Last week the IRS issued a news release and fact sheet discussing its use of frequently asked questions. The IRS’s practice of using FAQs has been the subject of many Procedurally Taxing blog posts. This week we will run a series with different practitioners offering their perspective on the development. Today, we hear from frequent guest contributor Monte A. Jackel, Of Counsel at Leo Berwick. Les

In The Proper Role of FAQs, I discussed certain aspects of the use of FAQs in the tax system. I also wrote a short note in Tax Notes on the same topic at around the same time. See A Question of Two About FAQs (March 2, 2020).

The IRS very recently published an announcement on October 15, 2021 on the subject of FAQs, following up on its earlier promise to provide a more structured institutional approach to the use of FAQs in the federal tax system. See IRS Announcement On FAQs. A Tax Notes story on this announcement followed the next day. Tax Notes Story On FAQs. The announcement explains how the IRS plans to maintain information about when versions of FAQs have been released, as well as whether and how taxpayers can rely on those FAQs.

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As noted in the Tax Notes Story On FAQs, the announcement doesn’t go so far as to actually update the very much out of date accuracy related penalty regulations (particularly reg. sections 1.6662-4 and 1.6664-4), “but it does state that FAQs published in fact sheets will satisfy both the reasonable cause defense to tax penalties that allow it and can be part of a taxpayer’s assertion of substantial authority on a tax return. It also says that the FAQs and any resulting changes to them will be announced in news releases.”

I have a few questions about this FAQ announcement. First, does it matter that the pertinent regulatory list of authorities references “press releases” at reg. section 1.6662-4(d)(3)(iii), whereas this IRS announcement references those FAQs which can provide penalty protection as “news releases” that will incorporate the fact sheets published on IRS.gov? This should be clarified. However, it is believed that the two terms are intended to mean the same thing.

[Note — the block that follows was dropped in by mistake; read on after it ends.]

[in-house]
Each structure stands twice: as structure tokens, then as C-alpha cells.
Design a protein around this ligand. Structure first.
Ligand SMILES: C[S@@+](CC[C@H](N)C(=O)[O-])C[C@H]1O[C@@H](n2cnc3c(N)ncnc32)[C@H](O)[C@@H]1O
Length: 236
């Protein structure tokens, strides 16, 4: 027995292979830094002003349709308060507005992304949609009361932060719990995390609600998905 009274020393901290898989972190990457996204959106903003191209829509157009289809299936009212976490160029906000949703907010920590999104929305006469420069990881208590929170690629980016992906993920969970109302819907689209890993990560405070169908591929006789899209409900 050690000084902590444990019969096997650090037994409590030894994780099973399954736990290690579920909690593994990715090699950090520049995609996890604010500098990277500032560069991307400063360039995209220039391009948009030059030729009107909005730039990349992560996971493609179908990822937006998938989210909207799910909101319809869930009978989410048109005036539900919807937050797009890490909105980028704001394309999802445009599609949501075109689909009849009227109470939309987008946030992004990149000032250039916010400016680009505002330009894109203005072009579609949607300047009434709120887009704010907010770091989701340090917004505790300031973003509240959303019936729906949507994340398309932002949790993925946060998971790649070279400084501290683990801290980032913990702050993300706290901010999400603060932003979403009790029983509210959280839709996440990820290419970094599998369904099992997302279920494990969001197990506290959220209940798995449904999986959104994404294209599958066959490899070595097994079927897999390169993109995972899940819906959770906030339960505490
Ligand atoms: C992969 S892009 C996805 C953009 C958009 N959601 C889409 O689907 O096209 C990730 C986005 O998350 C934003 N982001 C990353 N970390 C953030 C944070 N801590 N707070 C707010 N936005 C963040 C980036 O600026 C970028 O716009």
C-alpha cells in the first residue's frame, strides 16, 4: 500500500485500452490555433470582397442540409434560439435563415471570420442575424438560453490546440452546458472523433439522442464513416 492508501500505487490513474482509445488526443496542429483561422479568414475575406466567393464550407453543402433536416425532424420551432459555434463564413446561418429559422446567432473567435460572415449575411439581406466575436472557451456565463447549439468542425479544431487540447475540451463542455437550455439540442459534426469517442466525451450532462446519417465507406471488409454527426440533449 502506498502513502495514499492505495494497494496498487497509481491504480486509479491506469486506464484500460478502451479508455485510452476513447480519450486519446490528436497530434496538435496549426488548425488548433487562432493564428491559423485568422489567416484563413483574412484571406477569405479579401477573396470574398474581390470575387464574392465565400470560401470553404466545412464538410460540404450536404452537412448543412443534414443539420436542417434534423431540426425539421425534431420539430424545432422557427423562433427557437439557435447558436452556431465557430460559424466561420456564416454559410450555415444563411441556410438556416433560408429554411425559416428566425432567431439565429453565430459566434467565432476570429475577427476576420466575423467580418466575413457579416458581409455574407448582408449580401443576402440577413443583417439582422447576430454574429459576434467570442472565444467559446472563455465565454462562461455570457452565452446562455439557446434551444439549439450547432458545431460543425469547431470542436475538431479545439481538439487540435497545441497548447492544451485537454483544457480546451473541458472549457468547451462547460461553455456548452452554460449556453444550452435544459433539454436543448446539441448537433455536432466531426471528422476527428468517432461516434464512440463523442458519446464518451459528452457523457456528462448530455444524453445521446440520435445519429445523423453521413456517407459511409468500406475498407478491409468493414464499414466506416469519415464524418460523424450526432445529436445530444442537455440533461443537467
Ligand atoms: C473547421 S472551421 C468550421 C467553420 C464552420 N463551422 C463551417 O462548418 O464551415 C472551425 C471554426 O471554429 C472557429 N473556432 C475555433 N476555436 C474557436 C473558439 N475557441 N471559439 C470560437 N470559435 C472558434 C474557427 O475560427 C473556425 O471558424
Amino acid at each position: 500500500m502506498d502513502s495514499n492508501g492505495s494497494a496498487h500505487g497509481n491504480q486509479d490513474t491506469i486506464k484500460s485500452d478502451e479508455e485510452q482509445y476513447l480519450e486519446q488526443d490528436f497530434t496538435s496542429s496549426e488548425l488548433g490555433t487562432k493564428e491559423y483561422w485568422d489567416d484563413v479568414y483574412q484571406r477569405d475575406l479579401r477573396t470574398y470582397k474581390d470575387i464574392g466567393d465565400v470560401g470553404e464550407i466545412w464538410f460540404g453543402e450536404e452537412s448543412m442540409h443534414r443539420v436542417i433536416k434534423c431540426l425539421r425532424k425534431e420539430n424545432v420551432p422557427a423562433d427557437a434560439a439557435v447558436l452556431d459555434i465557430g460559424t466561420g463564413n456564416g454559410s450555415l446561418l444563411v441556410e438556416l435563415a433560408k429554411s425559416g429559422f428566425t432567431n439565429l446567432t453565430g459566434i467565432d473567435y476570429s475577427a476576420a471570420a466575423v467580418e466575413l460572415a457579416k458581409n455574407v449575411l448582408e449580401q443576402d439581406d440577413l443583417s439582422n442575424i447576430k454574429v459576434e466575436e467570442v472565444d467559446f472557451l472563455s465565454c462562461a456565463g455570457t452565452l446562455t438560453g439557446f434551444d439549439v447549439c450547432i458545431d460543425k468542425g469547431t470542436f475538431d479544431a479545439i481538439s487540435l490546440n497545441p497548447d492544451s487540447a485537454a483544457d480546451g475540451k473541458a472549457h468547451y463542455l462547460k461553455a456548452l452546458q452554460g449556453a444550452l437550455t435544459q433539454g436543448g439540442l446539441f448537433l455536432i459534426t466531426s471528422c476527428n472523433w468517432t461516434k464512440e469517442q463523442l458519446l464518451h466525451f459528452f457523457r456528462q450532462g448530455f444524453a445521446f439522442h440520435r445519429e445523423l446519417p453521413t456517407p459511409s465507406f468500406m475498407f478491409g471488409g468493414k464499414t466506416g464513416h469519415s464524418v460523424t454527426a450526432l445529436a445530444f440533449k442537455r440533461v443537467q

Second, the so-called “minimum legal justification” for tax shelters under reg. section 1.6664-4(f) requires the use of authorities at a MLTN basis as a minimum standard to establish reasonable cause and good faith when a tax shelter is involved. (The regulations expressly deal with corporate tax shelters because the statute was amended later on to apply to all tax shelters and the regulations do not reflect the statutory change.)

The extent to which this particular provision will be affected by the announcement is unclear given that a fact sheet FAQ issued in the future under the designated news release process could encompass a transaction that could be treated as a tax shelter under section 6662(d)(2)(C). This outdated regulation would have to control over the announcement and so, what now given that the term “tax shelter” as amended in 1997 remains undefined in the regulations to date.

Third, the disclaimer referenced in the announcement is only mandatory for the new FAQs (new legislation and emerging issues) but the reliance as reasonable cause and good faith, or as an authority, applies to all other FAQs, even those previously issued, but those other FAQs need not have a disclaimer. Why not?

Fourth. Why are the new FAQs (called fact sheet FAQs) limited expressly to new tax legislation with the possible expansion to so-called “emerging issues” (which is not a defined term)? It is understandable that new legislation would most often have a compelling need for immediate guidance but aren’t the chances for error on the part of the IRS equally great in this instance?

And what of the so-called “emerging issues”? Perhaps the thought there is that new topical and time pressure items can be showcased as a fact sheet FAQ because the IRS wants initial feedback on the approach it may want to later take in regulations and using FAQs in this manner could easily bypass the Administrative Procedure Act (APA)?

Speaking of the APA. There is currently a dispute in the Sixth Circuit Court of Appeals relating to two opposing district court opinions in that circuit on whether the APA requirement of advance notice and comment for legislative rules applies to IRS notices issued pursuant to regulations under section 6011 with respect to listed transactions. Update on CIC Services: The Scope of Relief Available if A Court Finds That An Agency’s Rulemaking Violates the APA

If the Sixth Circuit decides that such notices violate the APA, then even though it would just be one circuit, confusion would then surely resurface with respect to fact sheet FAQs.

Even though this announcement is not being issued pursuant to regulations granting such authority to the IRS, the question that arises is this; why shouldn’t that be done?  After all, we would not be talking about a long regulation to do this. Is the IRS worried about the result of an adverse Sixth Circuit opinion that would certainly carry over to FAQs?

We shall see.

IRS Violates Taxpayer Bill of Rights by Unilaterally Terminating Installment Agreements Entered into with Private Collection Agencies